Indoor tortoise habitats can attract a lot of unwanted bugs. Warm, humid air, moist substrate, rotting food and fecal material attract pretty much every common household pest- ants, fruit flies, spiders, and so on, but they also attract two that are less familiar to us- fungus gnats and springtails. One way to control most habitat pests is to create a ‘bioactive substrate’ with wood lice and worms, as well as micro-organisms that will prey on the pests.
Outdoor habitats can be infested with ants, termites, bees and other stinging insects, and more. Common indoor and outdoor pests can be controlled using common methods that your local county extension service can help with.
Fungus Gnats (Order Diptera)
Also called March flies, these are small 2-5mm, dark flying insects of several species and genera whose larvae act as an important decomposer as they feed on plant roots and organic matter. The short-lived adults help pollinate fungi and other plants. They thrive in damp soils, such as we often find in indoor tortoise habitats.
Fungus gnats pose no threat to humans, pets or most plants, but may damage plant seedlings. For more information, try…
Springtails (subclass Collembola)
Also called snow fleas, this is another very small insect under 6mm. They feed on decaying organic matter and are an important decomposer. In fact, they are one of the more numerous macroscopic animals with 100,000 per cubic meter of soil and are found almost everywhere on Earth. If you see small, greyish, fast moving/hopping things scurrying on your tortoise, they are probably Springtails.
Springtails may infest some crops, but are harmless to humans and pets. For more information, try…
Ticks and mites
These are small eight-legged critters that attach to the skin and live on the blood of the host. They are most often seen on wild-caught animals and tend to congregate around the softer tissues in the shell. They can cause several health problems- weakening or stressing the animal, causing discomfort, and carrying disease. Ticks and mites are easily passed from one animal to another, and some cross species barriers and can affect other animals. Tortoises kept near animals or outdoors are at some risk of getting ticks and mites, so the pen areas should be kept clean. Some species, such as yellow-footed tortoises, are notorious for getting ticks or mites. If ticks and mites are a real problem in your area, your local county extension service can help you find the best way to control them.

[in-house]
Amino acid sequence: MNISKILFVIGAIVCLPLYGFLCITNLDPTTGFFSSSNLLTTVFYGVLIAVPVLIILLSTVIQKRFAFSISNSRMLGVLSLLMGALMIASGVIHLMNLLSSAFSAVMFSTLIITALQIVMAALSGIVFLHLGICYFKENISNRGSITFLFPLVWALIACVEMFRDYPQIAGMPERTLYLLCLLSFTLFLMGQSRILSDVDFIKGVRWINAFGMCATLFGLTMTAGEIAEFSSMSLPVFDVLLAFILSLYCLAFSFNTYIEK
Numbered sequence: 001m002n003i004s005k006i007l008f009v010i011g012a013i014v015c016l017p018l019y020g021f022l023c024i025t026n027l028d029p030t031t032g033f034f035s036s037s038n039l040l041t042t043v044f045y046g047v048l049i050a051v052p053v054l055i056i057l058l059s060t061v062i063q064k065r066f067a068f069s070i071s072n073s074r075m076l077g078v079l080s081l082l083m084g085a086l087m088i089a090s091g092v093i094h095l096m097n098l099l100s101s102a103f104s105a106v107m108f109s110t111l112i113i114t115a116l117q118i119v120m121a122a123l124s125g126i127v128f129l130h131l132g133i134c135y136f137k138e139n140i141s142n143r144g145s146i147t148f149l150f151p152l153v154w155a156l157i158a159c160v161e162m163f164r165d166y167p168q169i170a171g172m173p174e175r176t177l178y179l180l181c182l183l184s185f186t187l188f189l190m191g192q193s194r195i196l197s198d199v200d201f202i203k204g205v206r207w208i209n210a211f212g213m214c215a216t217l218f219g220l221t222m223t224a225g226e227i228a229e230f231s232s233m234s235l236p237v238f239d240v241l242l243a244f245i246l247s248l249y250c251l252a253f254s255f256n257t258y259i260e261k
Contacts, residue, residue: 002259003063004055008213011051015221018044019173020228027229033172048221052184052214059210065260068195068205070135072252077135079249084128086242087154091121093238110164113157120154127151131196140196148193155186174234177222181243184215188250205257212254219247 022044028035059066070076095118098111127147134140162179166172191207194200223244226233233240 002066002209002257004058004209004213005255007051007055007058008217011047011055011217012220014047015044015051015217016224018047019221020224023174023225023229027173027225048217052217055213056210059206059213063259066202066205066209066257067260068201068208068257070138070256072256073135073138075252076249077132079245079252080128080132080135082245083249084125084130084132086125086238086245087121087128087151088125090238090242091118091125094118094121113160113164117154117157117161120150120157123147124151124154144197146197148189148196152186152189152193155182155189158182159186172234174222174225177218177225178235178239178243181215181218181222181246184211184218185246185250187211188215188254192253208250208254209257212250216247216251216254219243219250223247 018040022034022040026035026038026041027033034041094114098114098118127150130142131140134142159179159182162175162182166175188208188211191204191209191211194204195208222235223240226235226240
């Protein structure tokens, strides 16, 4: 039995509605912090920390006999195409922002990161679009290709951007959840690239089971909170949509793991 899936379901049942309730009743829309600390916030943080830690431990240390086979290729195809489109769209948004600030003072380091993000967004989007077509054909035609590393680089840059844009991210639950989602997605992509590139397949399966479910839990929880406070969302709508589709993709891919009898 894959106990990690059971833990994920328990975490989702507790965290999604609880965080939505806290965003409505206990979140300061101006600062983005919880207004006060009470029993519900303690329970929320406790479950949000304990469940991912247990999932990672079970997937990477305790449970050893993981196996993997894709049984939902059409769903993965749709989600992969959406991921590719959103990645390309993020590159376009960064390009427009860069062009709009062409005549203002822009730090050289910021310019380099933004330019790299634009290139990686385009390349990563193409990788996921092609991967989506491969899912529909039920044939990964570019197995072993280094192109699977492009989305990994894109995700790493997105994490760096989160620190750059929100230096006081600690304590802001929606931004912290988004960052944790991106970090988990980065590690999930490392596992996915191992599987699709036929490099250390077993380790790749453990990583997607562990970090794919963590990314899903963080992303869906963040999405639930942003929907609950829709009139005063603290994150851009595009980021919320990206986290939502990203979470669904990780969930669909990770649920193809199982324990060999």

Ticks and mites carry diseases that can make your tortoise shed, can cause blood diseases, etc. Some ticks and mites can affect humans as well. Prevent with good hygiene.
- Ticks should be removed by grasping them gently but firmly with tweezers, a tick removal tool, or your fingers.
Mites are usually much smaller and harder to see, and appear as small black or red specks.
- Grasp firmly as close to the skin as you can.
- Pull gently but firmly.
- When off, check to see if you got the head and barbs. Kill the tick (jar of alcohol both kills it and lets the vet see what it was if needed.) and have it checked if possible.
- Treat the wound as a minor injury, but monitor for infection, etc.
Disinfect the affected area with a good swab of Betadine, repeated daily for a week. Watch for symptoms of illness.
See a vet if needed.
- Soak in warm water for 20+ minutes. A couple drops of bleach in the water helps.
- If drowning does not work, use a commercial tick and mite killer for reptiles per directions.
Leeches are a much less common external parasite that can be removed by getting a fingernail or similar tool between the skin and sucker mouth and gently prying off. It will immediately try to reattach so must be flicked away or otherwise secured. Avoid letting your tortoise swim in leech-infested areas like natural lakes, etc.
7-16-2012 (C) Mark Adkins